Medical electronic implants can significantly improve people's health and quality of life. These implants are typically powered by batteries, which usually have a finite lifetime and therefore must be replaced periodically using surgical procedures. Recently, subdermal solar cells that can generate electricity by absorbing light transmitted through skin have been proposed as a sustainable electricity source to power medical electronic implants in bodies. However, the results to date have been obtained with animal models. To apply the technology to human beings, electrical performance should be characterized using human skin covering the subdermal solar cells. In this paper, we present electrical performance results (up to 9.05mW/cm(2)) of the implantable solar cell array under 59 human skin samples isolated from 10 cadavers. The results indicate that the power densities depend on the thickness and tone of the human skin, e.g., higher power was generated under thinner and brighter skin. The generated power density is high enough to operate currently available medical electronic implants such as pacemakers that require tens of microwatt.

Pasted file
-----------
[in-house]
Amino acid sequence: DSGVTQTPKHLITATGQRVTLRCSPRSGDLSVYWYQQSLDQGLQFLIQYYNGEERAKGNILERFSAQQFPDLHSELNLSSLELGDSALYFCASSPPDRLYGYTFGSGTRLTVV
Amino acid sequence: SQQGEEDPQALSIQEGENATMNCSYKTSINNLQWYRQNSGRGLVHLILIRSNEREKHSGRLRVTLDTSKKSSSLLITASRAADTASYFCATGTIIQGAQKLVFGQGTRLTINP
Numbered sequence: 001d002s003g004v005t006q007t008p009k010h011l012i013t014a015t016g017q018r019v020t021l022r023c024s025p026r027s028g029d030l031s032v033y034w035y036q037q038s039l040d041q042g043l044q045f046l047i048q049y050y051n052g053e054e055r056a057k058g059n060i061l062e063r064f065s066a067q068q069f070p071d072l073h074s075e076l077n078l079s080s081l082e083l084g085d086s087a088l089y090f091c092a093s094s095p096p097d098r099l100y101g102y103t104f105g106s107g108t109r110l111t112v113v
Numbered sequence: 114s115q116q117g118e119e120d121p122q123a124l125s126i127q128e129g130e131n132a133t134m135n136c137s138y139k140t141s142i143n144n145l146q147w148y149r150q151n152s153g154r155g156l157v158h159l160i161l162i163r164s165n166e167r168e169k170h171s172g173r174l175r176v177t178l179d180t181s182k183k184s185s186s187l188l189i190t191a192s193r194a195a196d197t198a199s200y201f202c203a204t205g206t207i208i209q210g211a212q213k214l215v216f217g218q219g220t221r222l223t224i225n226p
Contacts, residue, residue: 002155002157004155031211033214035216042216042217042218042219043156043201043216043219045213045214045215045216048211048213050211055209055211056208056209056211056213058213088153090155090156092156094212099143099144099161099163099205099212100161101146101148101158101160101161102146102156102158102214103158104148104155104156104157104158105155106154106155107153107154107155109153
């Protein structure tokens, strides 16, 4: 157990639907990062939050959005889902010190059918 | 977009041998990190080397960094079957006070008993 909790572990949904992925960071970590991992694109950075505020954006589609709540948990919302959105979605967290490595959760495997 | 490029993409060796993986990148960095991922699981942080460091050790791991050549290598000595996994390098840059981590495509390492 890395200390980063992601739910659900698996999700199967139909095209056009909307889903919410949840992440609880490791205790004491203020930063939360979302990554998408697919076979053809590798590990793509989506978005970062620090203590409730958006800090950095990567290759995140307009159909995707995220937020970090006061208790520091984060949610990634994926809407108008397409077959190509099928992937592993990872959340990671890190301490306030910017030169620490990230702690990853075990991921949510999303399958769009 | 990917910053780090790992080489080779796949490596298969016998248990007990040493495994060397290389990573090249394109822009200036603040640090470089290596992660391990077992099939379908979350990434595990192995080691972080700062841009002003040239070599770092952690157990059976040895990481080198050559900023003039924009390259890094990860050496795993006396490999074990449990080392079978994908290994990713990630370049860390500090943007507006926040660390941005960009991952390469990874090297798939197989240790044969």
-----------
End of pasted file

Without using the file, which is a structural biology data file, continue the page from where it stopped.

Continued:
9. Impact of Humidity on In Vitro Human Skin Permeation Experiments for Predicting In Vivo Permeability.

    Science.gov (United States)

    Ishida, Masahiro; Takeuchi, Hiroyuki; Endo, Hiromi; Yamaguchi, Jun-Ichi

    2015-12-01